Dr. Denise Dekker
+49 40 42818-521
+49 40 42818-512
“One Health is a collaborative, multisectoral, and transdisciplinary approach — working at the local, regional, national, and global levels — with the goal of achieving optimal health outcomes recognizing the interconnection between people, animals, plants, and their shared environment” (CDC.gov)
Bacterial infectious diseases are common medical problems in developing countries. Due to limited diagnostic facilities, the causative agents and sources of infection as well transmission pathways often remain unidentified. Empiric treatment is a common practice in facilities with scarce resources, fostering the emergence of antibiotic resistance leading to difficult-to treat infections. Due to the absence of effective monitoring, circulating bacterial strains and changes over time are not always entirely understood.
Also, infections seen in humans are often zoonoses representing a public health concern around the globe. This is linked to our close relationship with animals in agriculture and in the environment in particular affecting rural areas of developing countries. Zoonotic pathogens can be transmitted to humans through direct contact or through food, water or the environment. Overuse of antibiotics in animal husbandry has significantly contributed to the increase of multi drug resistant bacteria, also seen in humans. Bacteria are capable of adapting to different environments. They for example can persist on hospital surfaces, in water and soil for extended periods exhibiting a transmission reservoir and harbouring antibiotic resistance, subsequently causing human infections.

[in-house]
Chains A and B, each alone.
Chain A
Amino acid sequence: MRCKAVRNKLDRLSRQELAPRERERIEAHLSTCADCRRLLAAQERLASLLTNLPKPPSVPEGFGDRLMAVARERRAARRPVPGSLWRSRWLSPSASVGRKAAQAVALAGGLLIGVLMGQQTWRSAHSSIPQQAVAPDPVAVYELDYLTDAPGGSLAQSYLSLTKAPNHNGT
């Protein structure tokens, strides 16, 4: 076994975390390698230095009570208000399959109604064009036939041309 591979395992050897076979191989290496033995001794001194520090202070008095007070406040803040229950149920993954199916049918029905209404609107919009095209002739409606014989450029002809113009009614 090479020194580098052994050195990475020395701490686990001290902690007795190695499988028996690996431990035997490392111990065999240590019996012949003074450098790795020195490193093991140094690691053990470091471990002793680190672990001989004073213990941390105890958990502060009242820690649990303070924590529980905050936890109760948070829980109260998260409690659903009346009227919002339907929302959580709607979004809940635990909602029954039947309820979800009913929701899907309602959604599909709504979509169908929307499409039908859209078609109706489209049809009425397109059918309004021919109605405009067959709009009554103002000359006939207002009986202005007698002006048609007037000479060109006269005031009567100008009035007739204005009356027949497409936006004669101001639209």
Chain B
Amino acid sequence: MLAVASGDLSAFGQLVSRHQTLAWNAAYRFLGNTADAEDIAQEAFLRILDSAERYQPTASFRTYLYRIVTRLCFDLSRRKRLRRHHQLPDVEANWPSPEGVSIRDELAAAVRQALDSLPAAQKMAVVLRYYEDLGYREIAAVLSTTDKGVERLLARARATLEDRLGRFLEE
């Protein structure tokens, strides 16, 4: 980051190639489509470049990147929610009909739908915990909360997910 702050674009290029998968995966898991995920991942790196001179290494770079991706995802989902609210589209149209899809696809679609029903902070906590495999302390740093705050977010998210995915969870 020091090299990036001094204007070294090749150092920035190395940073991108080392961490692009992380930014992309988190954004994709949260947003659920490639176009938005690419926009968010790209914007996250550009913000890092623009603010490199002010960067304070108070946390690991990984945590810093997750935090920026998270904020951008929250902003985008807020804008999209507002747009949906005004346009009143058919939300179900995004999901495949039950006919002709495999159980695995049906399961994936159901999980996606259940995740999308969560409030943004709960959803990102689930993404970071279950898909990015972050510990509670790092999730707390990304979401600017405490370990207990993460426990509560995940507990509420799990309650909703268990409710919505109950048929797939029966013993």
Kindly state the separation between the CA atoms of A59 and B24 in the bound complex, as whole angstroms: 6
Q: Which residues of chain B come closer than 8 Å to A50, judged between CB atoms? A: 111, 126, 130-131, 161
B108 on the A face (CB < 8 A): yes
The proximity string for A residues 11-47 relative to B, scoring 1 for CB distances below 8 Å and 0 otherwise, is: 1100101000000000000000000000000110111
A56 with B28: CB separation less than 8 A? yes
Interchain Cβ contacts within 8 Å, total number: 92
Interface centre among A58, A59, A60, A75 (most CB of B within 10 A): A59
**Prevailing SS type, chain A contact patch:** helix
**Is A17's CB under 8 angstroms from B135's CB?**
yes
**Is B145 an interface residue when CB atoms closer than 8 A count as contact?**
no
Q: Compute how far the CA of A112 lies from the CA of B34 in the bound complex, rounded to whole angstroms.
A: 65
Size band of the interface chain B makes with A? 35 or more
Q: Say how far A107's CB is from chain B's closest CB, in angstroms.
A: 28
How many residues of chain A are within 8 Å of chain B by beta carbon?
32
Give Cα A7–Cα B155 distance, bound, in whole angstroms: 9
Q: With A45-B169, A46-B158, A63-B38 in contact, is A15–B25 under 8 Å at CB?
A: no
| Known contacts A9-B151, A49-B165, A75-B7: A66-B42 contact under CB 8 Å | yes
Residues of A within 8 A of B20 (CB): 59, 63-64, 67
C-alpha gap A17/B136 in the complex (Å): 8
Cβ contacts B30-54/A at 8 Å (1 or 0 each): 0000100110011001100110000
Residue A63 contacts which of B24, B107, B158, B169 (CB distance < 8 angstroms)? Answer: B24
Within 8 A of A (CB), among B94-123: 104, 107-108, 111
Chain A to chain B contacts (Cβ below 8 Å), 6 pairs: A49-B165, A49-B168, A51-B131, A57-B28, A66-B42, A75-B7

Our research interests include the generation and comparison of bacteriological data from humans, animals and the environment in countries with limited resources. A special research focus is on transmission and the identification of transmission reservoirs of antibiotic resistant bacteria in rural areas of sub-Saharan African countries. Our activities will support and guide patient management and public health measures.
Genetic adaptation of Salmonella enterica in human and animal reservoirs in sub-Saharan Africa